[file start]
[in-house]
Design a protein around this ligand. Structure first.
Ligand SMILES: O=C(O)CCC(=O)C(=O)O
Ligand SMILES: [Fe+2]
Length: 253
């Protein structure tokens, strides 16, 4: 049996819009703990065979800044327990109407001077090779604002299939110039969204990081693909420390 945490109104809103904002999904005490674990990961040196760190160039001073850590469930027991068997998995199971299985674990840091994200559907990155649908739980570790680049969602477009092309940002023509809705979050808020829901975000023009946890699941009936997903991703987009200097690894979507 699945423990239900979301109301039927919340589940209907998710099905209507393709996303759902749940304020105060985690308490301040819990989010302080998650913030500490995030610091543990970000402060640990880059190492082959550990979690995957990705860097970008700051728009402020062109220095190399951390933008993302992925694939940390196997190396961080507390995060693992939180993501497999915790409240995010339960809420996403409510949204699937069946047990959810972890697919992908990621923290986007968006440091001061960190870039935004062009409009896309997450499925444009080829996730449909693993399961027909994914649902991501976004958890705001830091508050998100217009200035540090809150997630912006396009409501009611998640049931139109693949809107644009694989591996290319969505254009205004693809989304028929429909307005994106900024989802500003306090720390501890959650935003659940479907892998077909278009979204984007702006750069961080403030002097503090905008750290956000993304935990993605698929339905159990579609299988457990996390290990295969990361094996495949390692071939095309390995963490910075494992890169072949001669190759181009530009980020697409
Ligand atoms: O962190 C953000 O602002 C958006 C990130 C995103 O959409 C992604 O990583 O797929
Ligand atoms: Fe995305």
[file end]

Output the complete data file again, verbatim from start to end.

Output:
[in-house]
Design a protein around this ligand. Structure first.
Ligand SMILES: O=C(O)CCC(=O)C(=O)O
Ligand SMILES: [Fe+2]
Length: 253
């Protein structure tokens, strides 16, 4: 049996819009703990065979800044327990109407001077090779604002299939110039969204990081693909420390 945490109104809103904002999904005490674990990961040196760190160039001073850590469930027991068997998995199971299985674990840091994200559907990155649908739980570790680049969602477009092309940002023509809705979050808020829901975000023009946890699941009936997903991703987009200097690894979507 699945423990239900979301109301039927919340589940209907998710099905209507393709996303759902749940304020105060985690308490301040819990989010302080998650913030500490995030610091543990970000402060640990880059190492082959550990979690995957990705860097970008700051728009402020062109220095190399951390933008993302992925694939940390196997190396961080507390995060693992939180993501497999915790409240995010339960809420996403409510949204699937069946047990959810972890697919992908990621923290986007968006440091001061960190870039935004062009409009896309997450499925444009080829996730449909693993399961027909994914649902991501976004958890705001830091508050998100217009200035540090809150997630912006396009409501009611998640049931139109693949809107644009694989591996290319969505254009205004693809989304028929429909307005994106900024989802500003306090720390501890959650935003659940479907892998077909278009979204984007702006750069961080403030002097503090905008750290956000993304935990993605698929339905159990579609299988457990996390290990295969990361094996495949390692071939095309390995963490910075494992890169072949001669190759181009530009980020697409
Ligand atoms: O962190 C953000 O602002 C958006 C990130 C995103 O959409 C992604 O990583 O797929
Ligand atoms: Fe995305």